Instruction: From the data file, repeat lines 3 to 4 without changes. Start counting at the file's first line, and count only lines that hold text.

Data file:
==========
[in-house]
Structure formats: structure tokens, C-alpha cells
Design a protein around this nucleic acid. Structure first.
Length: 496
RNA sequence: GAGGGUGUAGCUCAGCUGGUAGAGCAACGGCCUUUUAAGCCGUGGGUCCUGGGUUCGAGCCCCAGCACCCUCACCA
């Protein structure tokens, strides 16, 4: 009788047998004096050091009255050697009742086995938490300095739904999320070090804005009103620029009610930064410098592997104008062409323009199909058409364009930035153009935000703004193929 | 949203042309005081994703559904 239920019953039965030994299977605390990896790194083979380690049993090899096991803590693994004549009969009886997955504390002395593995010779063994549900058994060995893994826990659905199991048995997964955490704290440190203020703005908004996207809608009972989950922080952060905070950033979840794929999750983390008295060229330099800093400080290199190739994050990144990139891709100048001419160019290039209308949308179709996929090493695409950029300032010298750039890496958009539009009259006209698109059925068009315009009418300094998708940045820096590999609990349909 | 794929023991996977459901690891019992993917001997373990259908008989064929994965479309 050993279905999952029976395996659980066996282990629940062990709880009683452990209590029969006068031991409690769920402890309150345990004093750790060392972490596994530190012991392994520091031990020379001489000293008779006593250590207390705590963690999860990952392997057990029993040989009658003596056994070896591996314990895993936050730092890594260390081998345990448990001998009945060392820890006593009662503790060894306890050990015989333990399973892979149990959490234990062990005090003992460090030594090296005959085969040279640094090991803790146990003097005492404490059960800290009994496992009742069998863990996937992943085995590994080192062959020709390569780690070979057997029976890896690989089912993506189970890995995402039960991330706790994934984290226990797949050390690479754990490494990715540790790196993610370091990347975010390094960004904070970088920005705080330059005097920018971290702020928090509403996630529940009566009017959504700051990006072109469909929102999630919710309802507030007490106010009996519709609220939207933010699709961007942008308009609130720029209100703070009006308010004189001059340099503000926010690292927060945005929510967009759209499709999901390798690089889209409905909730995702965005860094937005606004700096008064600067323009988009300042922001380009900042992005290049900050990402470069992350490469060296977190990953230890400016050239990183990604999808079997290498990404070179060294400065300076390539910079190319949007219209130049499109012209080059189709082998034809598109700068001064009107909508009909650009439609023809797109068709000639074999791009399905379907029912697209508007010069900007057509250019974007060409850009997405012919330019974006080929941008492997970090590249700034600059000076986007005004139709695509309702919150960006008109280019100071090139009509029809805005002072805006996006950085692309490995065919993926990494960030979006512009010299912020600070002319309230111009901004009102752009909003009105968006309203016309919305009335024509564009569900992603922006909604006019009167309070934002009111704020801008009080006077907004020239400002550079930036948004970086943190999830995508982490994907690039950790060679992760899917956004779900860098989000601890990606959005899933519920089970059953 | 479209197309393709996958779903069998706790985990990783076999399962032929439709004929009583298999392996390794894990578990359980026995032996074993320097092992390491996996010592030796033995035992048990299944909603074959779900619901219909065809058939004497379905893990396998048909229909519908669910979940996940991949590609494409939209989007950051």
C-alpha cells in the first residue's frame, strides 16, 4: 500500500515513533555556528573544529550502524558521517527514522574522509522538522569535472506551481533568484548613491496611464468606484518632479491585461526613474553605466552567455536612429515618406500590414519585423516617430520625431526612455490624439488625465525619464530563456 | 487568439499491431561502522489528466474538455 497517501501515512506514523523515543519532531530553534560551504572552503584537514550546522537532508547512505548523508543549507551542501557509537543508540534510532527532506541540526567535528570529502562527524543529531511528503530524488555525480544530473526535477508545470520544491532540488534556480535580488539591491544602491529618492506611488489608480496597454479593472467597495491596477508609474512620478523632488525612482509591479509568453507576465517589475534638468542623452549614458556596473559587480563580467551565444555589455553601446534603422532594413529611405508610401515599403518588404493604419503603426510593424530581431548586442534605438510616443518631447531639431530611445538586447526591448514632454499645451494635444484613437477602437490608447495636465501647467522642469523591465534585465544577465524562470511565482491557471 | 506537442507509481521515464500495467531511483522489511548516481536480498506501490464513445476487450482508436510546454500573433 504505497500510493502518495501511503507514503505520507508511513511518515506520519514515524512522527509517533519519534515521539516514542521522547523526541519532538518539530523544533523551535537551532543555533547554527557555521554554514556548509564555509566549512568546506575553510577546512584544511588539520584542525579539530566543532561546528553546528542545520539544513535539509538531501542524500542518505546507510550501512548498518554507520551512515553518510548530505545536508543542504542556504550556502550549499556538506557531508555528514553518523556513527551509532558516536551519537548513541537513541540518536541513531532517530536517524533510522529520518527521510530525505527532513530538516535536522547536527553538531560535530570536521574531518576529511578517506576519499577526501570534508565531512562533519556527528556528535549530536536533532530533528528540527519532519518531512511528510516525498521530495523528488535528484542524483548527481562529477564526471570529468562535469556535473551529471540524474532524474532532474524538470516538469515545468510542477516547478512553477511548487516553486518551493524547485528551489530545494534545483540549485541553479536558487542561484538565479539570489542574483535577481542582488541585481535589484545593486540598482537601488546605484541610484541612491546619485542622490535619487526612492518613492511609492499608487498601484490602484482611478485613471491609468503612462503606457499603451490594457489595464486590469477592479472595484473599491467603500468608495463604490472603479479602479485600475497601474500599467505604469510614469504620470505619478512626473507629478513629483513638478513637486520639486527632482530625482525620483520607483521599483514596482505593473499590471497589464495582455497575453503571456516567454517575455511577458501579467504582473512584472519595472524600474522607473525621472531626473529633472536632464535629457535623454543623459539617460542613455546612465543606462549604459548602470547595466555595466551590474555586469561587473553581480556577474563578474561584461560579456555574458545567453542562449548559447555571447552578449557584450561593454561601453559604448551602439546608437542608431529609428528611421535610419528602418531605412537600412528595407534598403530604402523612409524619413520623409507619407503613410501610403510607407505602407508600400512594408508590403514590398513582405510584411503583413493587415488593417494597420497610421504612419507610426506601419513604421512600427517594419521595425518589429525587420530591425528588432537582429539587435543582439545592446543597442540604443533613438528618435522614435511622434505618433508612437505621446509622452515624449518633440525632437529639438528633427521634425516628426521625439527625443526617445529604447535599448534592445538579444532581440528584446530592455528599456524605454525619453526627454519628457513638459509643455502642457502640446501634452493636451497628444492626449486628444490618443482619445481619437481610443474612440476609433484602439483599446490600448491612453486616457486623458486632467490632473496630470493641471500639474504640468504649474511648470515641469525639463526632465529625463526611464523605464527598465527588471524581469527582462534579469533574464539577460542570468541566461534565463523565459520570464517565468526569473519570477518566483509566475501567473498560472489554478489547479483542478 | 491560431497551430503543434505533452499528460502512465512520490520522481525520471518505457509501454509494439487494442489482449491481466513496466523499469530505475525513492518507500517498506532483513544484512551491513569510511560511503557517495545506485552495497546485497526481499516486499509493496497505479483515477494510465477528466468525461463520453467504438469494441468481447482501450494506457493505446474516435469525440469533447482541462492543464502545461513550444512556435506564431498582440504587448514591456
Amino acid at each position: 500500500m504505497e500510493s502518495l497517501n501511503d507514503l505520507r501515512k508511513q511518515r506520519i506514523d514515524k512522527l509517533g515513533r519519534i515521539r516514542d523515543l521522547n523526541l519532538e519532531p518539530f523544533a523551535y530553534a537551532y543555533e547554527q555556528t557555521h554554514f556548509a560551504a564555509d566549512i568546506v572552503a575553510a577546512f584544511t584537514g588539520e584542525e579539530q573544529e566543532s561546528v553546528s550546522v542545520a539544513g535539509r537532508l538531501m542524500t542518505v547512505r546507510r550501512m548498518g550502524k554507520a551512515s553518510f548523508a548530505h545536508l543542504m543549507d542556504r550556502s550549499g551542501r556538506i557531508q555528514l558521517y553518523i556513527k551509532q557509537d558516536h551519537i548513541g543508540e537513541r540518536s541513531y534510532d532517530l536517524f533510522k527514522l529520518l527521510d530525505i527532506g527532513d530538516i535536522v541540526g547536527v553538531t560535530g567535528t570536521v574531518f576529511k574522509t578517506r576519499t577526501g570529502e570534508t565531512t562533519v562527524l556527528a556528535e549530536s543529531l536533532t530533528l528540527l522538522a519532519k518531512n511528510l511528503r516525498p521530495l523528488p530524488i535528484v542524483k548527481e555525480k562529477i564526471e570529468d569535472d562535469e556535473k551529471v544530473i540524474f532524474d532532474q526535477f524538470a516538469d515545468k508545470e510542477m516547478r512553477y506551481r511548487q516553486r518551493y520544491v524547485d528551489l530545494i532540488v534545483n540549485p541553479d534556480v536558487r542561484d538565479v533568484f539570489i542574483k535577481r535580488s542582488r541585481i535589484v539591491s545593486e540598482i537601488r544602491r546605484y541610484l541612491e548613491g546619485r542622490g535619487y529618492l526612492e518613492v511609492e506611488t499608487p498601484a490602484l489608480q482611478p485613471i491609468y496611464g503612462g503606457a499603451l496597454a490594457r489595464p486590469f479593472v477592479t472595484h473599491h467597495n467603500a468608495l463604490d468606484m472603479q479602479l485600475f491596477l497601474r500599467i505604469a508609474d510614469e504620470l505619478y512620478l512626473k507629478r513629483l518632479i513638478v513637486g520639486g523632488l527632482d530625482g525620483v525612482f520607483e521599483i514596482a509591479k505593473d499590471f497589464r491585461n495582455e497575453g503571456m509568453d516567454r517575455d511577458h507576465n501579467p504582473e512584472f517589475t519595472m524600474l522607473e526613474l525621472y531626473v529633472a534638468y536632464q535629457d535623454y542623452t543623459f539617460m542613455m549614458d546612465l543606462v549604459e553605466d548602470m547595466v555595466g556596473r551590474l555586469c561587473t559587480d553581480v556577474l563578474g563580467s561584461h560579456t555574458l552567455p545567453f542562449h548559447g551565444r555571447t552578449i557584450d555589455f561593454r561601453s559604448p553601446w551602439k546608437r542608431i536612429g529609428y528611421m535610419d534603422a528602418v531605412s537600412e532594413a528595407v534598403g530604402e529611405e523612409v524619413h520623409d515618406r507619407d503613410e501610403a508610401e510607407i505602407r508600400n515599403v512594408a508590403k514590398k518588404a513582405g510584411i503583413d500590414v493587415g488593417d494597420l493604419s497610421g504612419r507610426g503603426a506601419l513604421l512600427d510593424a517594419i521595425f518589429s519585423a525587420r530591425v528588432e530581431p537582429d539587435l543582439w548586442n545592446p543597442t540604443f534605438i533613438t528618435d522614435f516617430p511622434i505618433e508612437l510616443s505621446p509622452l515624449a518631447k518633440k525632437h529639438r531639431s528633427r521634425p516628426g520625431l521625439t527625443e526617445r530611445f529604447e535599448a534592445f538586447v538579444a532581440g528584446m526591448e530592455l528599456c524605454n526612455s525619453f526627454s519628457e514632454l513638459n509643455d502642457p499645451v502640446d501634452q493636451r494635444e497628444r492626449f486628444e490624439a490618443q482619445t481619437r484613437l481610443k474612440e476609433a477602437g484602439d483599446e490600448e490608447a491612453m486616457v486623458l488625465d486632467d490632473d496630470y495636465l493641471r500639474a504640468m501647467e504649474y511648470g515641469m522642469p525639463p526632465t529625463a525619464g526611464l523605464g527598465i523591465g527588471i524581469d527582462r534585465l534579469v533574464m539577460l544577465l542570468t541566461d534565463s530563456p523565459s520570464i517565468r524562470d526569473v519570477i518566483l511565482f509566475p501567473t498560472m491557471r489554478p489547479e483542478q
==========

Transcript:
Design a protein around this nucleic acid. Structure first.
Length: 496